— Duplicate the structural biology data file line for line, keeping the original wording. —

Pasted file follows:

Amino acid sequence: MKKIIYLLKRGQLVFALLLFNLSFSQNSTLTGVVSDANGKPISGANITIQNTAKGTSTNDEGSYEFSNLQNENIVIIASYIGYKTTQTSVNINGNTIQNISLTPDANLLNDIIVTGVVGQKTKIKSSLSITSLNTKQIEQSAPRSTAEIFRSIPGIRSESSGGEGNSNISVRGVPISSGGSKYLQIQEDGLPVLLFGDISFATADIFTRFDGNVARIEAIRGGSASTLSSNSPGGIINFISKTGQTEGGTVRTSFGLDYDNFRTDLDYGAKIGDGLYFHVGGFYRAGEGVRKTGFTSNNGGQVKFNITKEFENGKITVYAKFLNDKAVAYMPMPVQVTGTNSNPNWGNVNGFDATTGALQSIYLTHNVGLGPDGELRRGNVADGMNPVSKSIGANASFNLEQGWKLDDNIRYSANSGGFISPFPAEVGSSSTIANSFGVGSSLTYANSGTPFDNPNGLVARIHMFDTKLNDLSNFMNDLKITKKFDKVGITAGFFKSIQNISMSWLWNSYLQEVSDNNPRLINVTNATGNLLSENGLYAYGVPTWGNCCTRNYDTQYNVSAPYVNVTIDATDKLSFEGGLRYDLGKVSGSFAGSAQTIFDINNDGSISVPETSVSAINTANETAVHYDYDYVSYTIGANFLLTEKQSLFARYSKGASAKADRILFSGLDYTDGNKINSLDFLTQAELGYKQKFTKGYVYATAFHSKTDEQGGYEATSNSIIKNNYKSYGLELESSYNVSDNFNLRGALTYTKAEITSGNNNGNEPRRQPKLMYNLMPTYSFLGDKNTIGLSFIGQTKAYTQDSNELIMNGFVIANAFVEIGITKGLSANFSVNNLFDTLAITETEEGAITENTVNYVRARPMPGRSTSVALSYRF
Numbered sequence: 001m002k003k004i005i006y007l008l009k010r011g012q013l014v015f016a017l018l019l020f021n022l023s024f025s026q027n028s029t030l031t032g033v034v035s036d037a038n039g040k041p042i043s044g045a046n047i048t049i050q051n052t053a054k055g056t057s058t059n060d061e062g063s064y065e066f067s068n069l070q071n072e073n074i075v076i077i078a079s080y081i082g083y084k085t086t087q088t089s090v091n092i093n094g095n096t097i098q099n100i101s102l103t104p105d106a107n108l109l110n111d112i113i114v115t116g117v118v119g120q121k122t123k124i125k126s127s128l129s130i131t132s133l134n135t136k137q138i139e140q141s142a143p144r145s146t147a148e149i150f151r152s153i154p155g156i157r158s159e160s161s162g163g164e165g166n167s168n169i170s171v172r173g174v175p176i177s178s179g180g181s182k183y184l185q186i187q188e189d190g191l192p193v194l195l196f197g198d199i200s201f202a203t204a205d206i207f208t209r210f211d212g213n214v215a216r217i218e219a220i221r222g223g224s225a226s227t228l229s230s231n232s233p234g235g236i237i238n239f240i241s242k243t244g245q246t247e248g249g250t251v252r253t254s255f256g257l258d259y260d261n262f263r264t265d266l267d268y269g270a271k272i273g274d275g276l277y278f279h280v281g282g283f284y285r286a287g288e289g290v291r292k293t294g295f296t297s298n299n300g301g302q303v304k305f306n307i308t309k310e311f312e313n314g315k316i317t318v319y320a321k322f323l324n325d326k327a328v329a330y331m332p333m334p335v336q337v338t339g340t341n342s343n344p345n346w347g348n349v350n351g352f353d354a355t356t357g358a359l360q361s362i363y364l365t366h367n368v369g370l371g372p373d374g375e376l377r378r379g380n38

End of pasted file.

Amino acid sequence: MKKIIYLLKRGQLVFALLLFNLSFSQNSTLTGVVSDANGKPISGANITIQNTAKGTSTNDEGSYEFSNLQNENIVIIASYIGYKTTQTSVNINGNTIQNISLTPDANLLNDIIVTGVVGQKTKIKSSLSITSLNTKQIEQSAPRSTAEIFRSIPGIRSESSGGEGNSNISVRGVPISSGGSKYLQIQEDGLPVLLFGDISFATADIFTRFDGNVARIEAIRGGSASTLSSNSPGGIINFISKTGQTEGGTVRTSFGLDYDNFRTDLDYGAKIGDGLYFHVGGFYRAGEGVRKTGFTSNNGGQVKFNITKEFENGKITVYAKFLNDKAVAYMPMPVQVTGTNSNPNWGNVNGFDATTGALQSIYLTHNVGLGPDGELRRGNVADGMNPVSKSIGANASFNLEQGWKLDDNIRYSANSGGFISPFPAEVGSSSTIANSFGVGSSLTYANSGTPFDNPNGLVARIHMFDTKLNDLSNFMNDLKITKKFDKVGITAGFFKSIQNISMSWLWNSYLQEVSDNNPRLINVTNATGNLLSENGLYAYGVPTWGNCCTRNYDTQYNVSAPYVNVTIDATDKLSFEGGLRYDLGKVSGSFAGSAQTIFDINNDGSISVPETSVSAINTANETAVHYDYDYVSYTIGANFLLTEKQSLFARYSKGASAKADRILFSGLDYTDGNKINSLDFLTQAELGYKQKFTKGYVYATAFHSKTDEQGGYEATSNSIIKNNYKSYGLELESSYNVSDNFNLRGALTYTKAEITSGNNNGNEPRRQPKLMYNLMPTYSFLGDKNTIGLSFIGQTKAYTQDSNELIMNGFVIANAFVEIGITKGLSANFSVNNLFDTLAITETEEGAITENTVNYVRARPMPGRSTSVALSYRF
Numbered sequence: 001m002k003k004i005i006y007l008l009k010r011g012q013l014v015f016a017l018l019l020f021n022l023s024f025s026q027n028s029t030l031t032g033v034v035s036d037a038n039g040k041p042i043s044g045a046n047i048t049i050q051n052t053a054k055g056t057s058t059n060d061e062g063s064y065e066f067s068n069l070q071n072e073n074i075v076i077i078a079s080y081i082g083y084k085t086t087q088t089s090v091n092i093n094g095n096t097i098q099n100i101s102l103t104p105d106a107n108l109l110n111d112i113i114v115t116g117v118v119g120q121k122t123k124i125k126s127s128l129s130i131t132s133l134n135t136k137q138i139e140q141s142a143p144r145s146t147a148e149i150f151r152s153i154p155g156i157r158s159e160s161s162g163g164e165g166n167s168n169i170s171v172r173g174v175p176i177s178s179g180g181s182k183y184l185q186i187q188e189d190g191l192p193v194l195l196f197g198d199i200s201f202a203t204a205d206i207f208t209r210f211d212g213n214v215a216r217i218e219a220i221r222g223g224s225a226s227t228l229s230s231n232s233p234g235g236i237i238n239f240i241s242k243t244g245q246t247e248g249g250t251v252r253t254s255f256g257l258d259y260d261n262f263r264t265d266l267d268y269g270a271k272i273g274d275g276l277y278f279h280v281g282g283f284y285r286a287g288e289g290v291r292k293t294g295f296t297s298n299n300g301g302q303v304k305f306n307i308t309k310e311f312e313n314g315k316i317t318v319y320a321k322f323l324n325d326k327a328v329a330y331m332p333m334p335v336q337v338t339g340t341n342s343n344p345n346w347g348n349v350n351g352f353d354a355t356t357g358a359l360q361s362i363y364l365t366h367n368v369g370l371g372p373d374g375e376l377r378r379g380n38